Each of these two (Huckabee and Paul) represents significant constituencies in the GOP. But, neither could unite the party, Paul because his foreign policy is not in tune with that of a supermajority of Republicans while Huckabee’s social conservatism (combined with fiscal liberalism) puts off many suburban voters.

Back in the 1980s, evangelicals were far more libertarian than they are today. They might have rallied to someone like Paul if he had more conservative views on national defense and international relations. (The social conservative shift began with Pat Robertson’s run for the White House in 1988. He may have lost the contest for the Republican nomination, but he did gain an understanding of the political process and an appreciation of how social conservatives could influence the GOP.)

With six serious contenders for the nomination, four of whom have a chance at winning, it seems evident that my party is struggling to find a standard bearer. The continued strength of all six suggests that each has a significant appeal within certain segments of the party, as if they represent that segment’s pitch to be its dominant wing.

No candidate has yet emerged who has united the party’s various constituencies as did Reagan in the 1980s and as George H.W. Bush would do in 1988 when he ran as the Gipper’s heir. And as that latter’s son would do in 2000 with a mixed message (that amorphous term “compassionate conservative”) and in 2004 with a record of leadership in the War on Terror.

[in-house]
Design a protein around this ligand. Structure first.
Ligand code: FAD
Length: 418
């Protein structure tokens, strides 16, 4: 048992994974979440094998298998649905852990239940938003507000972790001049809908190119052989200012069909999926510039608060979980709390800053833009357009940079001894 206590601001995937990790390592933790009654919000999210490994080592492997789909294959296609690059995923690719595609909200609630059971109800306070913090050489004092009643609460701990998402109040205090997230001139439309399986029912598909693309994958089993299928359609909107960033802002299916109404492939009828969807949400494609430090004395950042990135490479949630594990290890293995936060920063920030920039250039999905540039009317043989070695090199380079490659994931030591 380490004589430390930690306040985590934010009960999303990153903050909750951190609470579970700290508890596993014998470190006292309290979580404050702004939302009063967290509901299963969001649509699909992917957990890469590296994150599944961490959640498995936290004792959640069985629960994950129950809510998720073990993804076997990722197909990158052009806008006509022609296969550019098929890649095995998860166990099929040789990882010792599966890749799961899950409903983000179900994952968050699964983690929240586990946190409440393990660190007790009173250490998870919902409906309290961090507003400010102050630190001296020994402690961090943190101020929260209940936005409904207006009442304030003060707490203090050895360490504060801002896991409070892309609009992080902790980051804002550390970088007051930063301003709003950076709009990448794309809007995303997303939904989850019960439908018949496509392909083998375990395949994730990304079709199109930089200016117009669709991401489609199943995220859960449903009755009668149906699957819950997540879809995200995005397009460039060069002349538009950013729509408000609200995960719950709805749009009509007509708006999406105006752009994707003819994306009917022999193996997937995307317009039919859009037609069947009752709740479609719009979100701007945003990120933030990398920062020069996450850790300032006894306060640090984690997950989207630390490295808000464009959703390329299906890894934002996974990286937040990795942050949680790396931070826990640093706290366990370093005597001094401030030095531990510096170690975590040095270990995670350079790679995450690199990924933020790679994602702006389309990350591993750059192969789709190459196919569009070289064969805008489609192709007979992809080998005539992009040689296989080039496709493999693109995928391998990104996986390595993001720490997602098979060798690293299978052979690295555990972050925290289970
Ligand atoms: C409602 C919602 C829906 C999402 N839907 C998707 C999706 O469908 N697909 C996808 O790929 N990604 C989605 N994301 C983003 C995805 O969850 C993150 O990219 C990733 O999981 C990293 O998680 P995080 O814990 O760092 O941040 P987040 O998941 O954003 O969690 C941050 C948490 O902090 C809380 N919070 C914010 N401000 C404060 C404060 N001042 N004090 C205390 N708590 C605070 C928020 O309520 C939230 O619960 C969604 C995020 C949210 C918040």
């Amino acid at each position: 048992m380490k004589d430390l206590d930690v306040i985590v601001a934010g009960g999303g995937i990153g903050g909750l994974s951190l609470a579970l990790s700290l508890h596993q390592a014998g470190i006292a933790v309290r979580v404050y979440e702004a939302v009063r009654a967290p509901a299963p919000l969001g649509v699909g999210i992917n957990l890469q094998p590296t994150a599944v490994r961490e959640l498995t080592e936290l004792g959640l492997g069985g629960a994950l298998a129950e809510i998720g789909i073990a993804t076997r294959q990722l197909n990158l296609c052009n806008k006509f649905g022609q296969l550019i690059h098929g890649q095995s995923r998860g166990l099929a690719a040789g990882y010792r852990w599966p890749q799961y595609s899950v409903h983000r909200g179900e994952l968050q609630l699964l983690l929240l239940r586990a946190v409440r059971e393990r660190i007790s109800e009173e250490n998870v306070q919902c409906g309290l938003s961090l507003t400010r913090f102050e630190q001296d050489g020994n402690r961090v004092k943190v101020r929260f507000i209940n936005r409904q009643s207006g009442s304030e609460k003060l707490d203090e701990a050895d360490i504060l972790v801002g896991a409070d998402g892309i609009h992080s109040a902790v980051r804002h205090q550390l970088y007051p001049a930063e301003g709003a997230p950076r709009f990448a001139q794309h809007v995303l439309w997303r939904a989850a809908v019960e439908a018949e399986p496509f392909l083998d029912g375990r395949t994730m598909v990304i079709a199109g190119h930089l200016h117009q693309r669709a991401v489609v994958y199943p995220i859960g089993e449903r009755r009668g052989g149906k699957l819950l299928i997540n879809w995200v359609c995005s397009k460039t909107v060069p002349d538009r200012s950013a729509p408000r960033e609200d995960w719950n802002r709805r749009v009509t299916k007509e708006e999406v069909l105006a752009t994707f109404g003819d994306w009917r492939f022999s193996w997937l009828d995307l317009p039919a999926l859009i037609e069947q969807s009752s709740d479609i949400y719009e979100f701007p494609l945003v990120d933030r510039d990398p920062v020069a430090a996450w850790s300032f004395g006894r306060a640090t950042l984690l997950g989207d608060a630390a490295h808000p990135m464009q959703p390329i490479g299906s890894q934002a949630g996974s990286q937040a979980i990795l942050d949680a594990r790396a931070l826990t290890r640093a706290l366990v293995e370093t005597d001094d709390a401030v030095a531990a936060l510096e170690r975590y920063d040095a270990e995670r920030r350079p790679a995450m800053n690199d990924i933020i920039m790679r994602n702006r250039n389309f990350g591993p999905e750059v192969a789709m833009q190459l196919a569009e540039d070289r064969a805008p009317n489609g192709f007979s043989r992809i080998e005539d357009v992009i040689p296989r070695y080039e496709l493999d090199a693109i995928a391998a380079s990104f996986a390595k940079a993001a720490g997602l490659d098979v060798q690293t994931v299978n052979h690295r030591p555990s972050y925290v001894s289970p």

The volatility of this race suggests that our party is still looking for a leader and a platform to bring us together after the lack of focus of Bush’s second term. Let us hope that the candidate who leads the pack after “Super Duper Tuesday” can unite the party of Lincoln and Goldwater as Ronald Reagan did now nearly twenty-years ago..

There does seem to be one such man, a successful governor of a large state with strong conservative credentials, but probably because of his last name, he elected not to run in next year’s contest.

While it may appear now that none of the leading GOP candidates can unite the party, we should note that at the outset of the 1980 campaign, many Republicans were wary of the former California Governor. Then-President Carter was supposedly delighted at his nomination, believing him to be easy to beat.

Should our nominee next year succeed as did the Gipper, then not only will the tale of the GOP nomination battle be a story of our party’s search for itself, but also of the nation’s search for itself. And the book written about the various debates currently going on in the GOP will serve as a kind of a sequel to White’s masterpiece.

Should that happen, the debates currently going on in the GOP may well define the political landscape for the next two or three decades. A thought which does offer some comfort as that debate is far more serious than that undertaken by the opposing party.